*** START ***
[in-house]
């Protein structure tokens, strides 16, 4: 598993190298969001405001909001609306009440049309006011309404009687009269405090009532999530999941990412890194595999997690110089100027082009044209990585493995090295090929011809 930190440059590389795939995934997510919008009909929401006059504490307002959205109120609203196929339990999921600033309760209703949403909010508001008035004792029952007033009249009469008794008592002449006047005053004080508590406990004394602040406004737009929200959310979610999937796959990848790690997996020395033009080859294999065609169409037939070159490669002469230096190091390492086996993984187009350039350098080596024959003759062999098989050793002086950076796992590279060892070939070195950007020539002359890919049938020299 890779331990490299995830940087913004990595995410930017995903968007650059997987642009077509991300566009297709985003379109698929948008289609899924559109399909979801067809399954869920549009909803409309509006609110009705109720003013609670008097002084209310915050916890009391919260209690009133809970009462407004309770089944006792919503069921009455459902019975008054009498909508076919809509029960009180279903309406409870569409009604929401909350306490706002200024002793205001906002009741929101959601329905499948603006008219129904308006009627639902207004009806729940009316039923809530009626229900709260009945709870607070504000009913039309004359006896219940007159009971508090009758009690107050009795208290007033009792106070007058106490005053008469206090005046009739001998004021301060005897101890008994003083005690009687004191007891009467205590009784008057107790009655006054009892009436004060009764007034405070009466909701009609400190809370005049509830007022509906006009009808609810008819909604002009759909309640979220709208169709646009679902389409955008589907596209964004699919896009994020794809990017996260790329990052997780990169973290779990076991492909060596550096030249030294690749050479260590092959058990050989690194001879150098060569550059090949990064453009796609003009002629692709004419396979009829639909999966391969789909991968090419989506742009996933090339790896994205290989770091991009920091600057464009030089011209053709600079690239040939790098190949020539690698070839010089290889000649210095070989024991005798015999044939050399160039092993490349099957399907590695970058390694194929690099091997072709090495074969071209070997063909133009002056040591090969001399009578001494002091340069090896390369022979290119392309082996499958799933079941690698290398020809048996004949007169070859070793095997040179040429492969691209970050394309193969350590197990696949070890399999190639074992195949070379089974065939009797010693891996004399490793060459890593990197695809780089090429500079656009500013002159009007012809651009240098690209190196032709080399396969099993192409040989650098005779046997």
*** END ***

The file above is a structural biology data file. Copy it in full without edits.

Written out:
[in-house]
């Protein structure tokens, strides 16, 4: 598993190298969001405001909001609306009440049309006011309404009687009269405090009532999530999941990412890194595999997690110089100027082009044209990585493995090295090929011809 930190440059590389795939995934997510919008009909929401006059504490307002959205109120609203196929339990999921600033309760209703949403909010508001008035004792029952007033009249009469008794008592002449006047005053004080508590406990004394602040406004737009929200959310979610999937796959990848790690997996020395033009080859294999065609169409037939070159490669002469230096190091390492086996993984187009350039350098080596024959003759062999098989050793002086950076796992590279060892070939070195950007020539002359890919049938020299 890779331990490299995830940087913004990595995410930017995903968007650059997987642009077509991300566009297709985003379109698929948008289609899924559109399909979801067809399954869920549009909803409309509006609110009705109720003013609670008097002084209310915050916890009391919260209690009133809970009462407004309770089944006792919503069921009455459902019975008054009498909508076919809509029960009180279903309406409870569409009604929401909350306490706002200024002793205001906002009741929101959601329905499948603006008219129904308006009627639902207004009806729940009316039923809530009626229900709260009945709870607070504000009913039309004359006896219940007159009971508090009758009690107050009795208290007033009792106070007058106490005053008469206090005046009739001998004021301060005897101890008994003083005690009687004191007891009467205590009784008057107790009655006054009892009436004060009764007034405070009466909701009609400190809370005049509830007022509906006009009808609810008819909604002009759909309640979220709208169709646009679902389409955008589907596209964004699919896009994020794809990017996260790329990052997780990169973290779990076991492909060596550096030249030294690749050479260590092959058990050989690194001879150098060569550059090949990064453009796609003009002629692709004419396979009829639909999966391969789909991968090419989506742009996933090339790896994205290989770091991009920091600057464009030089011209053709600079690239040939790098190949020539690698070839010089290889000649210095070989024991005798015999044939050399160039092993490349099957399907590695970058390694194929690099091997072709090495074969071209070997063909133009002056040591090969001399009578001494002091340069090896390369022979290119392309082996499958799933079941690698290398020809048996004949007169070859070793095997040179040429492969691209970050394309193969350590197990696949070890399999190639074992195949070379089974065939009797010693891996004399490793060459890593990197695809780089090429500079656009500013002159009007012809651009240098690209190196032709080399396969099993192409040989650098005779046997």